The "7" in a 7x35 refers to the magnification, and the "35" refers to the diameter of the objective (the front) lens in millimeters. The larger the objective lens gets, the brighter the image becomes. This is why 7x50's tend to be used aboard ships and boats because the greater light gathering ability of the larger lens produces a better image in low light conditions. However, in addition to greater cost, the bino becomes larger, and heavier as well.

The Japanese brands Nikon, Pentax and Minolta make a great product for the price. The German makes Leitz and Zeiss make better ones, but that's another story.
 
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Guys,

The OP specifies "kid friendly." The Pentax, Nikons, etc. et all are all good bins but their IPD adjustment will NOT accommodate small kids. The Yosemites were specifically designed with an IPD adjustment range to provide a quality bin for youngster use. That's why I've recommended the OP audition them.

-Bob
 
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Oct 29, 2005
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call eagle optics. i spent quite a bit of time on the phone with them, and they were more than helpful in choosing a pair. they didnt push any particular model.

i would recommend a roof prism, and nitrogen purged. adjustable eye relief (with detentes) is also a plus. birders like a good close focus feature and wide field of view.

and 8x is about the limit for hand helds. 10x's are extremely hard to hold still.

8x42's offer great light gathering ability, but can be cumbersome. for hiking and such, 8x30's are a good balance of weight and objective lens size.

and for the kids, any quality optic with a rubber coating should be durable enough.

why not try another pair of steiners? although at your price point, they will be porro's, mine have served me well. (i do intend to upgrade to a set of leicas eventually).
 

rdg

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Oct 30, 2002
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Nikon Monarch ATB's are pretty darn good. I've been watching the 8x42's on a popular auction site and they seem to go for around $200-230. They've gotten really great reviews and frankly I'm very tempted to try them. Might be something for you to consider.
Bob
 
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Always select bino's that have a central focusing wheel - those with levers are harder to focus accurately. I also dislike bino's that require too much action on the focus wheel - I want to be able to focus in and out without cranking several revolutions on the wheel. Other than that, it has all already been said: stay away from zooms, go 7 or 8 power, 30 - 35 mm objective lenses, close focus and field of view based on your intended use. Rubber-armored glasses are quite durable and might even prevent damage in a drop on rocks.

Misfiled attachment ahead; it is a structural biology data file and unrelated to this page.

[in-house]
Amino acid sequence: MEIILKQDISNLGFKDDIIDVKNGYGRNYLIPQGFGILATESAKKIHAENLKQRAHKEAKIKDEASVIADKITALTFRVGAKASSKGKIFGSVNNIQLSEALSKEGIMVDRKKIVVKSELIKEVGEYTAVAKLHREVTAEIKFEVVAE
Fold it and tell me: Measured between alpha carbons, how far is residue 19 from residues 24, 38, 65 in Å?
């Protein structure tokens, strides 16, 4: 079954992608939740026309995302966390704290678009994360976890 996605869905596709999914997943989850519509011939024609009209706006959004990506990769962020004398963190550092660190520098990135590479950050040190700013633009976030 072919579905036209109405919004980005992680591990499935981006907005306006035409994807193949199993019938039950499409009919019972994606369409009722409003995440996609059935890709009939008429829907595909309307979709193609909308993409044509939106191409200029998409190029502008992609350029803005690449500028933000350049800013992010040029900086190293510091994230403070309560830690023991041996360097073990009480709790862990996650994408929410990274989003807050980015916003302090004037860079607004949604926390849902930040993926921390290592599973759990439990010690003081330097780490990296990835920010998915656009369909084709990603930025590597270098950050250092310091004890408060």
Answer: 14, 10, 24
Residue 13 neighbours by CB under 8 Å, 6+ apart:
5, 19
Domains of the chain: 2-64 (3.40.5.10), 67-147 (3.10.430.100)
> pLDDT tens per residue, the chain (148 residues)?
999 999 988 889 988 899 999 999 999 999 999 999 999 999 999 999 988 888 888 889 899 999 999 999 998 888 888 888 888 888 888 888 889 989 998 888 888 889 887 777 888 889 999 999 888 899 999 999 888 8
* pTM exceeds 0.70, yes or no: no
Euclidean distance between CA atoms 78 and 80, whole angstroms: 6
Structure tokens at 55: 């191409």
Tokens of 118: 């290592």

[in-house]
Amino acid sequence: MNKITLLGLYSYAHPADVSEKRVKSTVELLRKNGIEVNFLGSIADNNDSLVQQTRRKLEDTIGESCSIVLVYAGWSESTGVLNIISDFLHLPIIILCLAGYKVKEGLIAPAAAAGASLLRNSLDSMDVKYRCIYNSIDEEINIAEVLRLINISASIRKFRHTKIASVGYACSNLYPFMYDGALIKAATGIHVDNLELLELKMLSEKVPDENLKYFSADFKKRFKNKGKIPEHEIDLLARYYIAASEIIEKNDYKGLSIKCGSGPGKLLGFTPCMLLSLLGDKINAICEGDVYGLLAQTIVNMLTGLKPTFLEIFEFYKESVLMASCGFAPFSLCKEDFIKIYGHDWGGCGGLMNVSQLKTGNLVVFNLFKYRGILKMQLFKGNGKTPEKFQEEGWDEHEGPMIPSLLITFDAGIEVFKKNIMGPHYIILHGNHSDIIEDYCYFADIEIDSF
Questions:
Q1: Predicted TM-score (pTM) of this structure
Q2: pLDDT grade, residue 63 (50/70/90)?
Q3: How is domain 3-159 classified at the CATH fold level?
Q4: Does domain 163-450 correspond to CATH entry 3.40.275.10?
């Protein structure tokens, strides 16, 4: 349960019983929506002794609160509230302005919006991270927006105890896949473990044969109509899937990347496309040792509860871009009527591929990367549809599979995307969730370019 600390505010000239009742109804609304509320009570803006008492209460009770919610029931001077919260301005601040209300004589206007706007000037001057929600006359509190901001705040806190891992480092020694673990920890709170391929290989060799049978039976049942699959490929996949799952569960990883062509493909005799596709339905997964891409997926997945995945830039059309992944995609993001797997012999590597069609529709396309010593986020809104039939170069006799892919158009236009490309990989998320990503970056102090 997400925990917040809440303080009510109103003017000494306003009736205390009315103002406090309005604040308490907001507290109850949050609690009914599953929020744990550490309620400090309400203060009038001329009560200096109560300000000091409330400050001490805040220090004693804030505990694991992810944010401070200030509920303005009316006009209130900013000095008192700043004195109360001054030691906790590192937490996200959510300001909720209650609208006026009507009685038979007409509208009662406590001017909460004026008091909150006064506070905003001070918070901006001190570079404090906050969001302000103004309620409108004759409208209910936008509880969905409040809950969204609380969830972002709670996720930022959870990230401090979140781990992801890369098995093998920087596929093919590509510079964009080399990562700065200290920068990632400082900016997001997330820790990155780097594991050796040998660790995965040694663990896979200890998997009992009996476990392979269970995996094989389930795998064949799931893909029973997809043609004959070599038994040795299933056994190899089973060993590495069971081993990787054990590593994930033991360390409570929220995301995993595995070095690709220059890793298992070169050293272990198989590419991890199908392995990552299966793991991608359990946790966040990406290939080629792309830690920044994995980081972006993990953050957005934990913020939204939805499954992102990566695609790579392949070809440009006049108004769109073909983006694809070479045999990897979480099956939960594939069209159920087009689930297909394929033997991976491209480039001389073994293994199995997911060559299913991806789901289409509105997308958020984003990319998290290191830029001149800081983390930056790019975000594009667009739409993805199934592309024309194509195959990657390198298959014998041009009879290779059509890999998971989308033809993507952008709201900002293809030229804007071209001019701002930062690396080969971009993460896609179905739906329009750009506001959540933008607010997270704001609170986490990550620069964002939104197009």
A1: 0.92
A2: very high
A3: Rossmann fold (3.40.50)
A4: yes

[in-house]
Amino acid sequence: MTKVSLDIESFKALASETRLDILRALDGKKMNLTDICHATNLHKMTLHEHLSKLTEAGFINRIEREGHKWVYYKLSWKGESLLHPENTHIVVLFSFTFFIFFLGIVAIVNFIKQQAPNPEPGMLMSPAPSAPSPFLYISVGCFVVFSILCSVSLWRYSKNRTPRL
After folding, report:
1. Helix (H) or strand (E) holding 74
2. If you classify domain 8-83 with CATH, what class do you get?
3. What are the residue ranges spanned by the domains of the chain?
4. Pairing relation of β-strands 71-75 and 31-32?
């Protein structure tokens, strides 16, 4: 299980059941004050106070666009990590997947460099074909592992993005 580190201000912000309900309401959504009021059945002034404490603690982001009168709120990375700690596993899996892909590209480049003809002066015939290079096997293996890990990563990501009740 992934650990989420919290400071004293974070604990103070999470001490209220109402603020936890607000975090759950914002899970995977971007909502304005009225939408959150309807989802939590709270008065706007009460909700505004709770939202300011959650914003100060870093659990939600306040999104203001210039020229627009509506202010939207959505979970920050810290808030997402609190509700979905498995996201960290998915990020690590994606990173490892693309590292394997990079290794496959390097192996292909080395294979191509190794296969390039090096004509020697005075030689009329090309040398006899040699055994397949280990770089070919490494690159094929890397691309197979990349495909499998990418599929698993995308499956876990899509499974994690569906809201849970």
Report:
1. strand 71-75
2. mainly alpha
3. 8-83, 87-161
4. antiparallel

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Gosh! Can't go wrong with any of them. I've used all the best brands and have shot with Nikons all my life. I always sneak over to Zeiss Binos and Monos. Not much difference at the top though. One hot tip. Unless you plan to use them a lot over the next 20 years- buying used will save you a lot of money. I've run my compact 8X20 Minoltas into the ground but the lenses are still pristine and at what I paid- feels good to have gotten such great value.
Like any other type of glass, context is everything- pick a pair that matches your long term subject matter.
RE "a trip to Yellowstone next year"
an 10X is the right mag for that. Slip an 8X22 or 8X32 Mono along and you're covered.
http://www.gearninja.com/Images/Mono_1.jpg
 
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mckrob

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See this post for my thoughts on Nikon binoculars, I personally would not buy another Nikon product and would never recommend them to anyone.

Based on a lot of research and great advice from fellow forumites here, I went with the Leica 10x42 Ultravids and couldn't be happier with them, but these are certainly pricey, and I would probably have a heart attack if anyone under the age of 12 even touched them!

Personally, I would buy a cheap pair until you can spend some real money on a high quality pair of Zeiss, Swarovski, or Leica's just for yourself. I have a pair of waterproof 10x25 camo rubber armoured Bushnells that were great value for the money, and at $50 you won't be worried about the kids dropping them. The focus adjustment may not be the easiest for small fingers, but with a bit of instruction I am sure they'd get it.

Here are the Leica's next to the Bushnells, with a Busse Active Duty for scale:

binos_lowres.jpg
 
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Check out Orion Telescopes and binoculars. Search online they will come up. They import a lot of optics from Japan and have some house brands that are outstanding optically for the price. Their better glasses are fully multi-coated optics and are very bright.

I have a pair of 8X56 "Little Giant" from them that are better than the brand name Japanese optics. I think they run about $175.00 at this point.

Comparably sized Leitz and Steiner etc are better, but will run $2000.00 or more.

Orion has a Vista series that are very nice in smaller sizes than what I have in the same price range.